Memory of Ria Helsdon lives on in Great Yarmouth sports hall
PUBLISHED: 16:14 17 February 2011 | UPDATED: 10:40 18 February 2011
Archant Norfolk Photographic / James Bass © 2011
A VIBRANT and busy school hall has been dedicated to the memory of inspirational student Ria Helsdon.
Popular Ria’s promising young life ended almost a year ago after a four-year battle with cancer that amazed everyone who knew her and hundreds more who didn’t.
Last week her parents Heather and Roger Helsdon of Beatty Road, Great Yarmouth, joined around 60 close teenage friends and family for the official unveiling of a plaque naming the hall after their daughter.
As the sunny hub of the school and focus for fun gatherings as well as serious assemblies headteacher Andy Toone said it was an appropriate focus for Ria who shone a light around everyone she came into contact with.
In an emotional speech Mr Toone also talked about her love for art and creativity and what a good example she was to the school community which would carry on down the generations and to her own relatives who would join the school one day.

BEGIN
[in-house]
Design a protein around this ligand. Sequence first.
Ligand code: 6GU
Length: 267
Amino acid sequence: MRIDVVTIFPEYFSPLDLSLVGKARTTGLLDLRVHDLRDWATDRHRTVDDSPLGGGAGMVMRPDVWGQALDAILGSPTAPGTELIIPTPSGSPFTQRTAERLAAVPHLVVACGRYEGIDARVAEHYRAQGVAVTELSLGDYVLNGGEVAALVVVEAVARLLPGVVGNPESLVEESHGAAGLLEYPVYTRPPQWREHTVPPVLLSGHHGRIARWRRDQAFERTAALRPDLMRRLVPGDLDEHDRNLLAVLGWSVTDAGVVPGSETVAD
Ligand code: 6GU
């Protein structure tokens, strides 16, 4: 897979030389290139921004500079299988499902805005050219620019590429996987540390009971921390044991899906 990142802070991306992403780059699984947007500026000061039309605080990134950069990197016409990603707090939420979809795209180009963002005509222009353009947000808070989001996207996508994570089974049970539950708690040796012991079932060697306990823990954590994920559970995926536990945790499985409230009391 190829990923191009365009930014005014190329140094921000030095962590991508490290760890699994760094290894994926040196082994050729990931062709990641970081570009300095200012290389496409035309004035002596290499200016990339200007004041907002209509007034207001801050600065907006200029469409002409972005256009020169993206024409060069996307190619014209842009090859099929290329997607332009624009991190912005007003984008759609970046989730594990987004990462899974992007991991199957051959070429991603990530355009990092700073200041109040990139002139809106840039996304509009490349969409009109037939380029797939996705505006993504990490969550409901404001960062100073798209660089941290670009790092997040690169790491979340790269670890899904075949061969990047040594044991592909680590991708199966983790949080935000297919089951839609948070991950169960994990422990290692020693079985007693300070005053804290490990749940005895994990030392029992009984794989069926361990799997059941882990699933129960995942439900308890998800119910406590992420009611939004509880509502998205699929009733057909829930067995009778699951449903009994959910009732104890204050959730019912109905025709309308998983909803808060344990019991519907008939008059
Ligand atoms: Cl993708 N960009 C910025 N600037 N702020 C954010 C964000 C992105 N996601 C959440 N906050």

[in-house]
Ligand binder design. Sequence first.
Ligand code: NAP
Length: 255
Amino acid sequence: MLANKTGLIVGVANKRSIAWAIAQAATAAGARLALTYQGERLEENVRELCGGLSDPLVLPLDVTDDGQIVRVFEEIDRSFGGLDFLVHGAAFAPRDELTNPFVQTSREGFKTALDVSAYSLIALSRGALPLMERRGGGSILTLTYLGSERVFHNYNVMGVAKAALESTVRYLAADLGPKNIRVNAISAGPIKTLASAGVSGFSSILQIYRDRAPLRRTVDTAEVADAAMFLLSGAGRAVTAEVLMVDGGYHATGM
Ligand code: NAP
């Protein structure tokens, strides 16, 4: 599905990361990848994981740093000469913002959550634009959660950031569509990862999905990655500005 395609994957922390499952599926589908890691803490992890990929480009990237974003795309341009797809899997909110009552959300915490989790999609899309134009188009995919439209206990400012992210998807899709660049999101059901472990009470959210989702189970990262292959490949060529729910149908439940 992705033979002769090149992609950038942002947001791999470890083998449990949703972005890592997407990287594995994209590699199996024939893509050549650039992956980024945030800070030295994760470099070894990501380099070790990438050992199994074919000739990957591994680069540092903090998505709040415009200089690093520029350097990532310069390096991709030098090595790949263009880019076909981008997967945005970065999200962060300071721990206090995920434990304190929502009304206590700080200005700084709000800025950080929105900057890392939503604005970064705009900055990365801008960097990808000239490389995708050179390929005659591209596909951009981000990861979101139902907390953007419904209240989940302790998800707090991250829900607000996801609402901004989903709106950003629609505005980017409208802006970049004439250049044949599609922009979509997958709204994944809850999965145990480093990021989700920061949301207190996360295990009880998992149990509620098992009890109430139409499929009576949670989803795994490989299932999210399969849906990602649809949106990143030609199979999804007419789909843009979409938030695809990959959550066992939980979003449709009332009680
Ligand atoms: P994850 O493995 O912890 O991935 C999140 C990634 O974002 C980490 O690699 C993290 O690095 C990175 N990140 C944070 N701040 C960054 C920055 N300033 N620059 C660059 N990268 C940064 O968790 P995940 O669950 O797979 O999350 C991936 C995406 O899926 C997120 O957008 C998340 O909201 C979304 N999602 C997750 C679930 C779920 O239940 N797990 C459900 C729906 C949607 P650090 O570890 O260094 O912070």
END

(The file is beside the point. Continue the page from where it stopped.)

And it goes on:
Angela Crowe, whose daughter Beth was one of Ria’s closest friends, said the event mixed sadness with celebration – not only for Ria’s life but for her mother Heather’s 50th birthday.
On arrival Mrs Helsdon was handed flowers and treated to a rousing chorus of happy birthday. Addressing the assembled friends she said she and husband Roger had their memories but were really grateful and appreciative of all the fundraising and memorial efforts that had taken place in the last year, inspired by Ria.
A picture of Ria framed with two poems she wrote while she was ill hang alongside the plaque.
Mrs Crowe praised chair of governors Linda Fisher for her role in making the event happen. Vice-chairman Derrick Hill read a poignant prayer.
Ria was 10 when she was first diagnosed with cancer. Four years of operations, setbacks and false hopes followed – Ria always retaining her funny, bubbly, cheery outlook, defying hair loss with a series of colourful bandanas.
A determined personality destined, she hoped, for a career in journalism – she remains much more than a memory for hundreds of people around the town whose outlook has been altered forever.
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